of all stripes throughout Canada have come together in every way
imagineable to help bring some respite to the pain and suffering of
those nations in South Asia that were devastated by the tsunami.
The disaster has changed the landscape of many
countries but has had an equally telling effect on the hearts and
minds of people far and wide. The world has responded as an army of
helpers drawn together by a tacit acceptance of the fact that this
tragedy is way beyond ordinary human comprehension. Its enormity
coupled with its finality lays all arguments to rest.
From all quarters, Canadians have come forward and
responded to the need of the hour with total commitment. From the
topmost levels of government to kids in the schools, from established
charities and aid organizations to small businesses, church bodies,
sports organizations, cultural groups, restaurants and bars, everyone
appears to be moved enough to take some initiative towards fund
Although money is pouring in as never before to
help those hit by this tragedy, there is a quiet realization that all
the money put together will not be able to repair the damage done to
the collective psyche of all the people.
As of this reporting, donationsmade through
Canadian charities, not including the government's $80M, is almost at
the $100M mark to be matched by the federal government. The amounts
being raised by ordinary Canadians not included in the above tally and
which will continue long after the dust settles, will never be known.
Above: Ontario Premier Dalton McGuinty lights a
candle symbolizing hope at the Shree Swaminarayan Hindu Mandir on
Sunday January 9, 2005 where a Multi-Faith Pray-a-Thon took place for
the victims and survivors of the disaster. The Premier spent a few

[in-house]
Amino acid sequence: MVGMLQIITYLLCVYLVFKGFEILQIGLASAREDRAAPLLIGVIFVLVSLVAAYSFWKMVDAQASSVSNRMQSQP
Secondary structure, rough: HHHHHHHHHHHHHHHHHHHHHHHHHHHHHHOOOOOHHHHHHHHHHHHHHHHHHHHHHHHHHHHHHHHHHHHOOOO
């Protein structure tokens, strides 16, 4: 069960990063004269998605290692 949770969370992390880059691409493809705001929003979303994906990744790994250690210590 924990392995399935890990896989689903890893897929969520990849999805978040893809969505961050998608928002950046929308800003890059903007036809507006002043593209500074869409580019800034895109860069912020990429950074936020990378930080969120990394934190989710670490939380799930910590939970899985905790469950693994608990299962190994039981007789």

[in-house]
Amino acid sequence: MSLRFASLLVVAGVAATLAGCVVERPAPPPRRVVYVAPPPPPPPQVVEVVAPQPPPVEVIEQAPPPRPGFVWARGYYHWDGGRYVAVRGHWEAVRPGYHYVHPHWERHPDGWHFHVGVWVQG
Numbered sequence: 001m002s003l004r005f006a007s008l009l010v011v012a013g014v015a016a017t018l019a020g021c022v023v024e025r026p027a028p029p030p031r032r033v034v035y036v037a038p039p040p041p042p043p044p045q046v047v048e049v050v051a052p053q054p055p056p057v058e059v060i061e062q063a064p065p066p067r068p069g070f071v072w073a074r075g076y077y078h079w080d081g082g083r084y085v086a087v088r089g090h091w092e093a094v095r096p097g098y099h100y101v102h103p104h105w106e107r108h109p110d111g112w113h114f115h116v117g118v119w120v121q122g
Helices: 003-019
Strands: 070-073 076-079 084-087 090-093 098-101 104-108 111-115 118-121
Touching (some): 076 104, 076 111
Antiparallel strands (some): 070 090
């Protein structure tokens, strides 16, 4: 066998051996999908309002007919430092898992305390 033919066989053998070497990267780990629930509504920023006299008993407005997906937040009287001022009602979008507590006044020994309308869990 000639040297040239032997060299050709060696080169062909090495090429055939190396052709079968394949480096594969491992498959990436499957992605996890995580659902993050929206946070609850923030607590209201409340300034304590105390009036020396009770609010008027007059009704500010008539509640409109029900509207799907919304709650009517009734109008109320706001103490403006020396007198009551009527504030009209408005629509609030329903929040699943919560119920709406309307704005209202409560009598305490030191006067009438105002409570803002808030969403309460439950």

minutes in silence offering prayers. Thousands of people of all faiths
and background prayed here for the victims.
2nd from top: While on a mission to observe first
hand the effects of the Boxing Day disaster in the affected South
Asian regions, Scarborough-Agincourt Member of Parliament Jim
Karygiannis visited an orphanage in Jaffna with Mr. Anthoney
Sellarajah, a Toronto businessman who sponsors the orphanage through
the Foster Parent Association. Twenty eight children from the
orphanage alone died as a result of the rising tides that engulfed the
3rd from top: President Omar Farouk of the
International Muslim Organization in Toronto presents a cheque for
$85,000 from his group to Kaleem Akhtar, Executive Director of Human
Concern International to aid the victims of the disaster. Mr. Akhtar
outlined plans to distribute over $500,000 raised by Muslim groups
throughout the country.
Below: A wide cross section of the community gathered at the Vedic
Cultural Centre (VCC) in Markham for a multi-faith service dedicated
to the Tsunami Relief efforts. Twelve faiths including Hindu,
Christian, Sikh, Buddhist, Bahai and Muslim offered prayers. The Lt.
Governor of Ontario, Members of Parliament, Local M.P.Ps, the Mayor of
Markham and the leaders of community all made presentations. The VCC
and the Vishnu Mandir held a Radio-Thon and a TV-Thon to raise funds.